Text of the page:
Letting go of negative thoughts can be difficult for some people. Those thoughts can consume a person, and when that happens, the negativity can have a devastating impact on all aspects of their life.
Negative thinking can become a habit, and you can pick it up from the people around you. Mrs. Mindfulness likens it to building a prison in your own mind. The darkness holds you captive. You feel so alone and trapped in your negative thoughts that they consume you entirely.
When you recognize that your negative thoughts are getting in the way of a happy life, you might be tempted to tell yourself that you are going to be done with negativity. The hard truth is that negative thoughts probably won’t ever go away entirely, and that’s okay. The struggle isn’t that we sometimes have negative thoughts; it’s when we believe those thoughts to be true and refuse to let them go.
Here are a few tips on how to deal with negative thinking:
- Surround yourself with positive people. If you are having negative thoughts, call a friend who you can count on to give you constructive and loving feedback. Michelle Uy says that when you’re stuck in a negative spiral, talking to people who can put things into perspective and won’t feed your negative thinking is key.
- Use humor. John Kehoe from Learn Mind Power writes that we get serious and stressed when we’re thinking negative thoughts. To fight back at your negativity, think of something funny to change the energy. Don’t let your undesirable thoughts have power over you—be proactive in eliminating them.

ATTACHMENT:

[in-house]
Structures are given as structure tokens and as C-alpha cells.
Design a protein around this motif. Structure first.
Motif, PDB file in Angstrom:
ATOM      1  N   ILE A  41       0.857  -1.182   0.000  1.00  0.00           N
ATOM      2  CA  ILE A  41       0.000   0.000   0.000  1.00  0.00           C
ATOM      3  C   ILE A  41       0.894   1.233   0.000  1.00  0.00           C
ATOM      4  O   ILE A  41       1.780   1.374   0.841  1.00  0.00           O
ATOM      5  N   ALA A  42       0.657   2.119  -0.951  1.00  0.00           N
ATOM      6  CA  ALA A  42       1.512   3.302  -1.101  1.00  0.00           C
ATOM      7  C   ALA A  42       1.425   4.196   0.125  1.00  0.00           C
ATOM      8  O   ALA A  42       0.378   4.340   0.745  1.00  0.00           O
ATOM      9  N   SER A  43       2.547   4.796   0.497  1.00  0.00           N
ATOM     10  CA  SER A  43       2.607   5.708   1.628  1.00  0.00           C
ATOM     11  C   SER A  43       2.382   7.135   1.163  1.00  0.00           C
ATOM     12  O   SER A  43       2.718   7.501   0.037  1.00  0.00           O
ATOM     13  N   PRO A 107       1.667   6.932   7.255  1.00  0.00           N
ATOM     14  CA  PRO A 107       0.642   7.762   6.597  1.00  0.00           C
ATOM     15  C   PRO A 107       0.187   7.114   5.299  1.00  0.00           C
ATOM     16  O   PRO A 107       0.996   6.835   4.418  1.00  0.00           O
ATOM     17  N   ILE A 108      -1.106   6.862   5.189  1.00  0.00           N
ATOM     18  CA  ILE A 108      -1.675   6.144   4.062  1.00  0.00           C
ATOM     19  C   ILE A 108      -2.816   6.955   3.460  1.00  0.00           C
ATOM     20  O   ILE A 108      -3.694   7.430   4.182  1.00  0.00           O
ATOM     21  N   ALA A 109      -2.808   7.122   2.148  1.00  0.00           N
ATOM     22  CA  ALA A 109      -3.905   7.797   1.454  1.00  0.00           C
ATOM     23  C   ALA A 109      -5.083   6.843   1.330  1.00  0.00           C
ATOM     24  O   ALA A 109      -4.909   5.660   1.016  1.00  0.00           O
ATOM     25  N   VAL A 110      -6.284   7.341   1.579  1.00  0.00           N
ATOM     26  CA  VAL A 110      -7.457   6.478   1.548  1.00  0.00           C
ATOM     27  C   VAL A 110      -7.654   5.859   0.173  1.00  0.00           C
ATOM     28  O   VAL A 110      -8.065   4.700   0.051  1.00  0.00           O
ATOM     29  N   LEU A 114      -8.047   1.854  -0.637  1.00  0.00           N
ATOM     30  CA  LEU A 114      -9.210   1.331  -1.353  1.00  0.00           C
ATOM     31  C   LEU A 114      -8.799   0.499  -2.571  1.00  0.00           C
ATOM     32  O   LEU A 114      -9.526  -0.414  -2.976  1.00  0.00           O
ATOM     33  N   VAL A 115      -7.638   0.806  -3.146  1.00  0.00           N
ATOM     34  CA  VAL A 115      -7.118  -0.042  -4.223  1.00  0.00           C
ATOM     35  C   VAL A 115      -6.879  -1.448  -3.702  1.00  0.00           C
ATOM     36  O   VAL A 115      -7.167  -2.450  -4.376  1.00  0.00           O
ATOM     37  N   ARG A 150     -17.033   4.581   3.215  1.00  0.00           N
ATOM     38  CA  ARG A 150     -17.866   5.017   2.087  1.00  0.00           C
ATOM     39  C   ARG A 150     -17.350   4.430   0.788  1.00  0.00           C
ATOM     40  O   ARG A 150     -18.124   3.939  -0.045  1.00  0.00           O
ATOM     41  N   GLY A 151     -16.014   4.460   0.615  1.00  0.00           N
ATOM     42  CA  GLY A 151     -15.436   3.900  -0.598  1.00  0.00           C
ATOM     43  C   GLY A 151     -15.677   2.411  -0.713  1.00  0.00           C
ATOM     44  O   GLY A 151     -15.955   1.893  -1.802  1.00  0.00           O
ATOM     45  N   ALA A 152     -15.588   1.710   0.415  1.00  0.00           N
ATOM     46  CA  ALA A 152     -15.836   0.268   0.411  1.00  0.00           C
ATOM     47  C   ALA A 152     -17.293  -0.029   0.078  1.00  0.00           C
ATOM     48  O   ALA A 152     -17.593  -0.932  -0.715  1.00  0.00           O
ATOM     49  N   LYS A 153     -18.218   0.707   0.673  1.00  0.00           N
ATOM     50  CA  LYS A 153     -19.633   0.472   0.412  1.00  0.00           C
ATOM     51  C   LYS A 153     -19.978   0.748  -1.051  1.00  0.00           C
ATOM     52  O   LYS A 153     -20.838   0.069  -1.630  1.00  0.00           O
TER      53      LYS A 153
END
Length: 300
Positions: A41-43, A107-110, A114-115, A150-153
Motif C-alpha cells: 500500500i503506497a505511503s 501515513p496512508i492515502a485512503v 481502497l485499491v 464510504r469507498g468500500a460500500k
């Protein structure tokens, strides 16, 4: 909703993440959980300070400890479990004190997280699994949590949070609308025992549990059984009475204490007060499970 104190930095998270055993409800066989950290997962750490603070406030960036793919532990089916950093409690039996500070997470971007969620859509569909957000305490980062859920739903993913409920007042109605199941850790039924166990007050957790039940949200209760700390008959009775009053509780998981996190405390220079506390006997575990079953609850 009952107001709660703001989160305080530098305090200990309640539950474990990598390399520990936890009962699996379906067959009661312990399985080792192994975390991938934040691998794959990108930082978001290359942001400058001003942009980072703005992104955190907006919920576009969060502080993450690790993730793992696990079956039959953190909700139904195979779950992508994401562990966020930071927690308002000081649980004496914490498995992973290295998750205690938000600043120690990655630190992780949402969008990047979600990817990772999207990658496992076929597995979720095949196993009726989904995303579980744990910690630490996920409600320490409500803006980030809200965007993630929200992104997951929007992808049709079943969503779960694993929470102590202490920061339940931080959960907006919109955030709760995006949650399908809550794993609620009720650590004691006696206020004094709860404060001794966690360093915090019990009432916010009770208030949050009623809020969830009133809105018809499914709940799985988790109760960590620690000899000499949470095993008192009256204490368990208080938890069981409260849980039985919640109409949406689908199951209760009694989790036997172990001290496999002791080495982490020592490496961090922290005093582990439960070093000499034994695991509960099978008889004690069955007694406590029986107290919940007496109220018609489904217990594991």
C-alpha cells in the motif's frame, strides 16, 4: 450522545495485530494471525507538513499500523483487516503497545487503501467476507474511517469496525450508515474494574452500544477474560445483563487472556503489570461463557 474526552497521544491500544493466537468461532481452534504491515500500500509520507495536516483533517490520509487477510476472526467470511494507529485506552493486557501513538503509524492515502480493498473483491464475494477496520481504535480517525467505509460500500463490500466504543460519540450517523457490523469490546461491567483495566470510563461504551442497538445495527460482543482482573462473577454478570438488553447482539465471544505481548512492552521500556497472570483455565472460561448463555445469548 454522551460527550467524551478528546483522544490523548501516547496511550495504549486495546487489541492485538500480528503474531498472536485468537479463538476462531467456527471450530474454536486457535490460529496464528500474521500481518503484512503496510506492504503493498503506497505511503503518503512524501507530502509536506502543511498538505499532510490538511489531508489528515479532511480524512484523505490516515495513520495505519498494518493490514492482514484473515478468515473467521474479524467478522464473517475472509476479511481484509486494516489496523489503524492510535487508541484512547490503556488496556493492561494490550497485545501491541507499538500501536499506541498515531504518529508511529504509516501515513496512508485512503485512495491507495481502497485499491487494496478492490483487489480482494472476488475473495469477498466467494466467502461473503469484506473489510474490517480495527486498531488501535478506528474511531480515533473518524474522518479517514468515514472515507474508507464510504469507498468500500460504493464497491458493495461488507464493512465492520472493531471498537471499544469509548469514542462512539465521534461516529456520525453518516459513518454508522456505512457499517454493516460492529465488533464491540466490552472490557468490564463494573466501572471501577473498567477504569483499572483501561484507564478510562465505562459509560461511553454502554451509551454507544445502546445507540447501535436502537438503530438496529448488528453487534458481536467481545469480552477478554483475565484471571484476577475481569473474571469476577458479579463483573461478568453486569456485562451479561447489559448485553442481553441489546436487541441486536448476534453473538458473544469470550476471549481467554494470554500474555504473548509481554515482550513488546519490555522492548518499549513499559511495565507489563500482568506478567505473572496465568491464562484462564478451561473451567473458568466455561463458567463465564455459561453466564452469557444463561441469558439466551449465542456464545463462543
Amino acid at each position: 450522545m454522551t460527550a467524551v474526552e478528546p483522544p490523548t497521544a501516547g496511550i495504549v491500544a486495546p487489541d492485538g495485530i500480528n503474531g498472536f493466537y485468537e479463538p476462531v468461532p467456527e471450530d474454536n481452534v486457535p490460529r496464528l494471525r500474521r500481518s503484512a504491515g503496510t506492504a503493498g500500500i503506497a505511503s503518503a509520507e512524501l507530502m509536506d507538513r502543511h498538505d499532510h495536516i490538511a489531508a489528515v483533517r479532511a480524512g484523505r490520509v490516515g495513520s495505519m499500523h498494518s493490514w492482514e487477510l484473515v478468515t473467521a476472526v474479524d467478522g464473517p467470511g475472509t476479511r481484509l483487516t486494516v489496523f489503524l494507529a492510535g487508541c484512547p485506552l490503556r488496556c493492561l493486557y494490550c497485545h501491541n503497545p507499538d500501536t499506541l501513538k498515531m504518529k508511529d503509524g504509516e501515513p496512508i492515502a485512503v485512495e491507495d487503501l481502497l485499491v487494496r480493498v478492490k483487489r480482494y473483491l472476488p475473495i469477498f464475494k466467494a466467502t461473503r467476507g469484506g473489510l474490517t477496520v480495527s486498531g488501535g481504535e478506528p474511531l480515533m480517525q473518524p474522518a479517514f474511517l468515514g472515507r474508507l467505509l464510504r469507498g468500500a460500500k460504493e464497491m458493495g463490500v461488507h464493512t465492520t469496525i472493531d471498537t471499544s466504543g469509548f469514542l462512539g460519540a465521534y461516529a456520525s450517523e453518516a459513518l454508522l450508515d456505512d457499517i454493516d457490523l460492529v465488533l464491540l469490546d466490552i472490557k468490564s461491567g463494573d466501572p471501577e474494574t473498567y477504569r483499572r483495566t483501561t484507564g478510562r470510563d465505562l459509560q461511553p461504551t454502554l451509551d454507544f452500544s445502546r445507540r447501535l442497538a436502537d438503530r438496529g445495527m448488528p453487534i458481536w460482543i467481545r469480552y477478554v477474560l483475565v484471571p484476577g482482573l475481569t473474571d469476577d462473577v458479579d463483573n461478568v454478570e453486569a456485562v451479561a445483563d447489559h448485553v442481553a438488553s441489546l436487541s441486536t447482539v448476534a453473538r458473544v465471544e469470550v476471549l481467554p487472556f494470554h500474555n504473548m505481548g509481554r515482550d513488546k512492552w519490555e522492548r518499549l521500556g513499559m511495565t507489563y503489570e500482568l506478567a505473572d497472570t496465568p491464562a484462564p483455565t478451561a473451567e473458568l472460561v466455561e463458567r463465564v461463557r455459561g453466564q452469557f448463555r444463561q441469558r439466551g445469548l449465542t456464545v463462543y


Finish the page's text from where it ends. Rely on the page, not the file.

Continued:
- Label your thoughts. Psychology Today suggests that you label your thoughts. Instead of saying “I’m a failure,” say, “I’m having the thought that I’m a failure.” Instead of saying, “I’m going to blow this interview,” say “I’m having the thought that I’m going to blow this interview.” The difference is subtle, but it can help you gain the perspective that you are not your thoughts.
- Watch your thoughts. To become free of negativity, you need to become more aware of how you think. Remember that thoughts and feelings aren’t facts, and pay attention to what is going on in your mind at any given time—especially any patterns of negative thinking. By attending to these thinking patterns, you are being more aware and mindful of your thoughts. You’re able to step back and become the silent watcher. In this way, the damaging thought patterns start to lose their hold over you.
- See a therapist. If you try these tips and you still feel that you can’t break free of the negativity, seeing a therapist would be beneficial. Your therapist can help you find the source of those destructive thoughts. They’ll also be able to help you work toward freedom by nurturing a more positive attitude. This can be the first step toward building the life you really want to have.